Series I is the larger of the two and comprises seventy-five percent of the papers.

Series I consists of topical files which are arranged in alphabetical order. Almost all files include correspondence but may also contain related minutes, reports, charts, and printed material. There are files for all the committees on which Fisher served and for many administrative offices and Yale organizations. There are also voluminous files concerning the Yale class of 1889, its donations to the university, and its reunions. Correspondence with a particular individual may be in several different files.

University reorganization is the subject of the files for the Alumni Committee of Yale University (folders 3-24). Correspondence between Fisher and fellow committee members and also with University Secretary Anson Phelps Stokes concerns the existing division of functions between Yale College and Sheffield Scientific School. The committee's report, issued in February, 1919, proposed changes in the structure of the university, a common freshman year and the addition to the administration of a provost and a dean of students. Correspondence following the appearance of the report contains reactions from alumni, faculty, and university officers such as Charles Seymour and Lewis S. Welch. Correspondence in the fall of 1919 also includes discussions of candidates to fill the new administrative positions.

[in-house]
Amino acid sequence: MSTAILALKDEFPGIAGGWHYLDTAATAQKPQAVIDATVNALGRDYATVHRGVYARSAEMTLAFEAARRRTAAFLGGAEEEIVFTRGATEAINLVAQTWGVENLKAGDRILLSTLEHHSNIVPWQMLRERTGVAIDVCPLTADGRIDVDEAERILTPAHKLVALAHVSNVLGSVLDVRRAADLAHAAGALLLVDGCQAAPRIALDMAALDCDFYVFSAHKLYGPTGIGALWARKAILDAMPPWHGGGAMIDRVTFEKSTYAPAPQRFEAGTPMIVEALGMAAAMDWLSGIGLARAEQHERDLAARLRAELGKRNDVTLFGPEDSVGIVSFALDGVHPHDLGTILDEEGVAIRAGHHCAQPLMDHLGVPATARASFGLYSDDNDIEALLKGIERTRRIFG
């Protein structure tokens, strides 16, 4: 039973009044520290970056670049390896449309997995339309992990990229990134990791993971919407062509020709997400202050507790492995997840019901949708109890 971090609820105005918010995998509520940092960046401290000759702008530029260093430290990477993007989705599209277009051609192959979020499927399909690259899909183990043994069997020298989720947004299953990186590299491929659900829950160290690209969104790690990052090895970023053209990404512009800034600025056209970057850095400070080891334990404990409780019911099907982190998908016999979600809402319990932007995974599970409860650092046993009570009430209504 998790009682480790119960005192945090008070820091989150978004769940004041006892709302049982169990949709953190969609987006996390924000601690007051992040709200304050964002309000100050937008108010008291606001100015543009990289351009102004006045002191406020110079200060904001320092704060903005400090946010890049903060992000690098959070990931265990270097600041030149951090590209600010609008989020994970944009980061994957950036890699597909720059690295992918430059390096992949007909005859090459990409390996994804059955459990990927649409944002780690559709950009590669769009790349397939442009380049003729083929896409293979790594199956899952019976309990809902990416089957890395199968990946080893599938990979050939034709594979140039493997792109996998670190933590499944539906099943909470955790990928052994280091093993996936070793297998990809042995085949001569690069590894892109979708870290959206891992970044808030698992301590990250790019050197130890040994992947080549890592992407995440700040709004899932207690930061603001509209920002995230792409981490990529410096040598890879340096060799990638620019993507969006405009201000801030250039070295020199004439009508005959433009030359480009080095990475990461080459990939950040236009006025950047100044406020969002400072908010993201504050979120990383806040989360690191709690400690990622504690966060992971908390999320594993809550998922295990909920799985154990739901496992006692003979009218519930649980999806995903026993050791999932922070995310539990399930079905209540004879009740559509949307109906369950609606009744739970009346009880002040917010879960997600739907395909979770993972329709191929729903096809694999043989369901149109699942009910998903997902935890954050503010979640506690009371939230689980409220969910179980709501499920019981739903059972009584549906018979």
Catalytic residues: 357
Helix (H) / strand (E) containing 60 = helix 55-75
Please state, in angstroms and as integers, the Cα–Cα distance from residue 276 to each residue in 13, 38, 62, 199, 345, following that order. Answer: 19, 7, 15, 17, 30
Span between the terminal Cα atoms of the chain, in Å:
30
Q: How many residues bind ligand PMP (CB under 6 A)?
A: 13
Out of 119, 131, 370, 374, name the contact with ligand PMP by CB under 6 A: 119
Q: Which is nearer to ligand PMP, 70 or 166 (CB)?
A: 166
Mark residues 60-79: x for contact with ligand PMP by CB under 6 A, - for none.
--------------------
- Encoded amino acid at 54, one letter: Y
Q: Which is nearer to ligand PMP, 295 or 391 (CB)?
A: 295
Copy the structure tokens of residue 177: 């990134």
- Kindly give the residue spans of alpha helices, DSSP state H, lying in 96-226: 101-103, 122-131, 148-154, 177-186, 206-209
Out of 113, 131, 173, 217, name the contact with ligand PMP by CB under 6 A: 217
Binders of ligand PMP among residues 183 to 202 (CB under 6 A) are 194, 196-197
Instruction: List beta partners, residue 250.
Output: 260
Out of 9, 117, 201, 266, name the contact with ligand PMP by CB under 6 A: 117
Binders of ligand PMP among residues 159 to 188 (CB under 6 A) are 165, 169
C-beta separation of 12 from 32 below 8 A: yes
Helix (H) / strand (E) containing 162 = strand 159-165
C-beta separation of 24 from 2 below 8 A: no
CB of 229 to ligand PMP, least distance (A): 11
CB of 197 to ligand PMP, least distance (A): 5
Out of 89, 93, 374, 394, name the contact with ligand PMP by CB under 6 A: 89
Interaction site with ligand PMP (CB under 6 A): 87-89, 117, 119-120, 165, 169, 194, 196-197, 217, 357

Building Committee files (folders 26-45) concern Fisher's interests in changes to the physical plant of the university from 1920 to 1922 and from 1933 to 1935. The files include general discussions of architectural plans for the university's development as well as correspondence with architects, contractors, and suppliers concerning specific buildings such as Sterling Chemistry Laboratory and Sterling Hall of Medicine. Folders 144-145 concern buildings for the School of Forestry.